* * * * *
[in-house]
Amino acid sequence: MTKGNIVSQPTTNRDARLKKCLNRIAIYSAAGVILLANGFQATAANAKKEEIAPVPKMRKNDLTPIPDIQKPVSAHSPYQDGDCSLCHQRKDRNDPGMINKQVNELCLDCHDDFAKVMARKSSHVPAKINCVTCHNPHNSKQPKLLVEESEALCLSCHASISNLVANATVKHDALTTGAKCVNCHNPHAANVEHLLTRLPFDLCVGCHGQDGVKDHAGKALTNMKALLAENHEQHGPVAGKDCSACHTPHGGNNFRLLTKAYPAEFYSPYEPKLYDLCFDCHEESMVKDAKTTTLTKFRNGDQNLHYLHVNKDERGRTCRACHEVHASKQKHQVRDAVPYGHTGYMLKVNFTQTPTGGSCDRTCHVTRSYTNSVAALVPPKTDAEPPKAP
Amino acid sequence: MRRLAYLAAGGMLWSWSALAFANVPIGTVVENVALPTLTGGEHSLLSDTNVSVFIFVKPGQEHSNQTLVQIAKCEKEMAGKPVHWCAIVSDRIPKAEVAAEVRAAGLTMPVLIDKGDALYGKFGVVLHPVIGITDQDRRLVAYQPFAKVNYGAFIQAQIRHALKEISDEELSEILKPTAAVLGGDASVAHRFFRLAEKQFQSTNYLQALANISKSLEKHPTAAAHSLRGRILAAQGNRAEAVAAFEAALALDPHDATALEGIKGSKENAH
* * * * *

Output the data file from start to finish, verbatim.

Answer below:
[in-house]
Amino acid sequence: MTKGNIVSQPTTNRDARLKKCLNRIAIYSAAGVILLANGFQATAANAKKEEIAPVPKMRKNDLTPIPDIQKPVSAHSPYQDGDCSLCHQRKDRNDPGMINKQVNELCLDCHDDFAKVMARKSSHVPAKINCVTCHNPHNSKQPKLLVEESEALCLSCHASISNLVANATVKHDALTTGAKCVNCHNPHAANVEHLLTRLPFDLCVGCHGQDGVKDHAGKALTNMKALLAENHEQHGPVAGKDCSACHTPHGGNNFRLLTKAYPAEFYSPYEPKLYDLCFDCHEESMVKDAKTTTLTKFRNGDQNLHYLHVNKDERGRTCRACHEVHASKQKHQVRDAVPYGHTGYMLKVNFTQTPTGGSCDRTCHVTRSYTNSVAALVPPKTDAEPPKAP
Amino acid sequence: MRRLAYLAAGGMLWSWSALAFANVPIGTVVENVALPTLTGGEHSLLSDTNVSVFIFVKPGQEHSNQTLVQIAKCEKEMAGKPVHWCAIVSDRIPKAEVAAEVRAAGLTMPVLIDKGDALYGKFGVVLHPVIGITDQDRRLVAYQPFAKVNYGAFIQAQIRHALKEISDEELSEILKPTAAVLGGDASVAHRFFRLAEKQFQSTNYLQALANISKSLEKHPTAAAHSLRGRILAAQGNRAEAVAAFEAALALDPHDATALEGIKGSKENAH